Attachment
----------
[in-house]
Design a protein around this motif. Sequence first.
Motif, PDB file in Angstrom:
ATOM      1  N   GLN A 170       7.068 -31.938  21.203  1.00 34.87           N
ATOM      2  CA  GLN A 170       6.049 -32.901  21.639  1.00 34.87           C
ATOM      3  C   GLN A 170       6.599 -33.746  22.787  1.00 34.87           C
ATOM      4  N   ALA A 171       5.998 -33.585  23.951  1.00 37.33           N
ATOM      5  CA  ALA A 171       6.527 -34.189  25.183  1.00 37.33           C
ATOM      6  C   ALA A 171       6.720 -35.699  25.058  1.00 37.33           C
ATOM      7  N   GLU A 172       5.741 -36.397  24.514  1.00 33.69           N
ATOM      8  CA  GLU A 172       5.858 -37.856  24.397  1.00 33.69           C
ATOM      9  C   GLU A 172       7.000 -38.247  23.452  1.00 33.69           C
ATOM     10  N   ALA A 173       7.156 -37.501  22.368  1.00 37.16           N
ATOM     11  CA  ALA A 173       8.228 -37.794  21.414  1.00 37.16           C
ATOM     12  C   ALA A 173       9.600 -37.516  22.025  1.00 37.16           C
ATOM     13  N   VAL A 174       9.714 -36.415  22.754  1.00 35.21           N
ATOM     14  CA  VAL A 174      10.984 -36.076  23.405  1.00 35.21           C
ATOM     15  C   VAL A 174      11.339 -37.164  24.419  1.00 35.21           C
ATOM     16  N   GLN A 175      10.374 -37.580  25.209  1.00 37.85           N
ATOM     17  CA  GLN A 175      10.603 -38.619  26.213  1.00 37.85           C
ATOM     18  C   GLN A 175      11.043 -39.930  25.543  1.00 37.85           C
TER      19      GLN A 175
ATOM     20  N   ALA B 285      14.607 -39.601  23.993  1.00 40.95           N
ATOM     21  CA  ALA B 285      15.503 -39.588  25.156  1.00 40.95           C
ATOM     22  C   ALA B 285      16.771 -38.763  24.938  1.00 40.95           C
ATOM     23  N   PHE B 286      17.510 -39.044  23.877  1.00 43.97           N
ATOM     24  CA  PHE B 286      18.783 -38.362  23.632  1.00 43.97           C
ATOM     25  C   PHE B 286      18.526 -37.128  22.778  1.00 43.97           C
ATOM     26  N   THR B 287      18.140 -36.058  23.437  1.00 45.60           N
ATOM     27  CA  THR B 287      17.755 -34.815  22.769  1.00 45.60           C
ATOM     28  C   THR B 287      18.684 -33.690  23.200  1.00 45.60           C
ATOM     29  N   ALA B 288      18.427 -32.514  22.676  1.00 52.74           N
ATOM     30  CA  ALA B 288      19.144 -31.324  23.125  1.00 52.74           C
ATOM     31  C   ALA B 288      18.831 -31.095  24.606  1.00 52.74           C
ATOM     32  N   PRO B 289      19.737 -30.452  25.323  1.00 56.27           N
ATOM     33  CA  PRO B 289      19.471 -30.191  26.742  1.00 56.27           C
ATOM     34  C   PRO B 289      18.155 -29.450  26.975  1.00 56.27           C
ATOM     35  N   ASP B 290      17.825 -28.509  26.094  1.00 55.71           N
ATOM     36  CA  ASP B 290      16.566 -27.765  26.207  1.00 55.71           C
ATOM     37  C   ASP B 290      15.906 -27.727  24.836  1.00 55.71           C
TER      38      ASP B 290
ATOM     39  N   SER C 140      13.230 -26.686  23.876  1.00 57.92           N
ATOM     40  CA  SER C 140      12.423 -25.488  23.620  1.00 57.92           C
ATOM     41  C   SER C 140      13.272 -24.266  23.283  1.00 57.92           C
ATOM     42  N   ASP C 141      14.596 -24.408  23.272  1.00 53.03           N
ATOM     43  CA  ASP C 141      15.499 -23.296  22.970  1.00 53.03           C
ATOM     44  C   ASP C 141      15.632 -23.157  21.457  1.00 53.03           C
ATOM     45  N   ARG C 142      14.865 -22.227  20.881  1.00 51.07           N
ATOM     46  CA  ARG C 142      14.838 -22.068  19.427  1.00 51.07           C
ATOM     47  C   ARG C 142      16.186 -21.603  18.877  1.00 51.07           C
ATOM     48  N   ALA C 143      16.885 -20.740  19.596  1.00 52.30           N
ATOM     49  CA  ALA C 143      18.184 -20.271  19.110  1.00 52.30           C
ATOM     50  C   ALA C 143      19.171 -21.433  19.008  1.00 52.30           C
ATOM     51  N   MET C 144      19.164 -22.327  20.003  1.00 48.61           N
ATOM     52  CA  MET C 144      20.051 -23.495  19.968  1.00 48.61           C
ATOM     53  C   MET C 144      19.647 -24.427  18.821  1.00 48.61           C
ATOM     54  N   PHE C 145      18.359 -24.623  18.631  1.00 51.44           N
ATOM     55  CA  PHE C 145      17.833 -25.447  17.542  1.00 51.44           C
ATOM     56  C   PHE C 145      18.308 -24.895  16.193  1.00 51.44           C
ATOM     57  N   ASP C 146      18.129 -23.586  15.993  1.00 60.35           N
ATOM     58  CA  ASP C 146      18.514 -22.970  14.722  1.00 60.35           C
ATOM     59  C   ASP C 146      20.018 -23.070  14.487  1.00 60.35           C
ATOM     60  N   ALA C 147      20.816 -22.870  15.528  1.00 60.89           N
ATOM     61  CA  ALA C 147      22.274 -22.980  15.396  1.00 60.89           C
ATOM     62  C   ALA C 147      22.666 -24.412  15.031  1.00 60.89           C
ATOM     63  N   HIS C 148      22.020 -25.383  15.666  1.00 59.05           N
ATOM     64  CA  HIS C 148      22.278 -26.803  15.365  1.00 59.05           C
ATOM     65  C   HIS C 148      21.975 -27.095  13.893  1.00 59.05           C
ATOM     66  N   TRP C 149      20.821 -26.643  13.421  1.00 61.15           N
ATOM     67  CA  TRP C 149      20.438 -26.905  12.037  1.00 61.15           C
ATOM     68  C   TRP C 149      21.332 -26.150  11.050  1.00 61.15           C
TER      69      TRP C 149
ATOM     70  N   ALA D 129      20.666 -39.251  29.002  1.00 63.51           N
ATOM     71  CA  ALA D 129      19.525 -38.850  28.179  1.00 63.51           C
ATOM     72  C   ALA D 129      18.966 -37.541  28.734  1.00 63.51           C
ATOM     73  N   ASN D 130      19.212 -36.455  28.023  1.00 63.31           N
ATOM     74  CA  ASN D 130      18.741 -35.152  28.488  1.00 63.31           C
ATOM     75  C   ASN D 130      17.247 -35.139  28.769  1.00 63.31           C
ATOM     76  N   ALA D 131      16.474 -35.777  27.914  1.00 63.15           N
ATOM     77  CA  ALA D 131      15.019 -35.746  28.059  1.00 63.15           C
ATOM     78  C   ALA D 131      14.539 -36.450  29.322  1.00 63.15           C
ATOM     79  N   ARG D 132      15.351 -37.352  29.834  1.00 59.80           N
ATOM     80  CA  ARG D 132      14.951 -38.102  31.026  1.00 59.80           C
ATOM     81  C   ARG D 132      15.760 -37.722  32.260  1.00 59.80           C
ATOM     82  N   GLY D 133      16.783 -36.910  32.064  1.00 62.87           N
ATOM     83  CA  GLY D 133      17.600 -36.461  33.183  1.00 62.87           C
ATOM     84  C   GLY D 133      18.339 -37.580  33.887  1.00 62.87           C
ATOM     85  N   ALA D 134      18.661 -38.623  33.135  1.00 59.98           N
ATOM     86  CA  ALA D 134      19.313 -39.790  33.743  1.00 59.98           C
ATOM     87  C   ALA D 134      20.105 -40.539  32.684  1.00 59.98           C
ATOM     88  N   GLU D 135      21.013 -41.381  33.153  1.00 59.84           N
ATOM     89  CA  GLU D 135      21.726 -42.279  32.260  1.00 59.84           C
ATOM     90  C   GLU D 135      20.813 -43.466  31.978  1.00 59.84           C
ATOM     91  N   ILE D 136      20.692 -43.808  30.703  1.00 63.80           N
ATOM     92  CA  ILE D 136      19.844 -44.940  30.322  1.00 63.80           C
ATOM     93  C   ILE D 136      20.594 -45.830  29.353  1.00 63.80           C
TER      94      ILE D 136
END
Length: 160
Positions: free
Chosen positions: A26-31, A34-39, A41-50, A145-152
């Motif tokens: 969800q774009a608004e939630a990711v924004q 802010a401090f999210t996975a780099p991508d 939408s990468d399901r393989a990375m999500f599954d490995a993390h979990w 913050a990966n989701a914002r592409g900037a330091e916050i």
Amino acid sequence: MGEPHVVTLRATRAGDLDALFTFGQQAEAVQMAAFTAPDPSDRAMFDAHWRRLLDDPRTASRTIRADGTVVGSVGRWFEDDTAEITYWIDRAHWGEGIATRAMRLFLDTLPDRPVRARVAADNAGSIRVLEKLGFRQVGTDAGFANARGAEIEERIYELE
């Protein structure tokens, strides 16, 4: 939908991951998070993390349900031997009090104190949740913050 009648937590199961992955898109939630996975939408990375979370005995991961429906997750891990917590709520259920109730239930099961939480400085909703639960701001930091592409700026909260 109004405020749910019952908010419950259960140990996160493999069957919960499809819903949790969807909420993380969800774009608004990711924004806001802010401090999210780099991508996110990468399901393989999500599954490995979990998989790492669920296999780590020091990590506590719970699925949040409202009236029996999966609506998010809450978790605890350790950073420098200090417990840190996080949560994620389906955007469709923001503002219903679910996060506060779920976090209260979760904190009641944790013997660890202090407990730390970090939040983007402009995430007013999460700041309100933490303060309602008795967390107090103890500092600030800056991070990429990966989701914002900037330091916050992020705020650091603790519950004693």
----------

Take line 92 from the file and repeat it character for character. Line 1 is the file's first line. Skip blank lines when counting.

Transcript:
ATOM     89  CA  GLU D 135      21.726 -42.279  32.260  1.00 59.84           C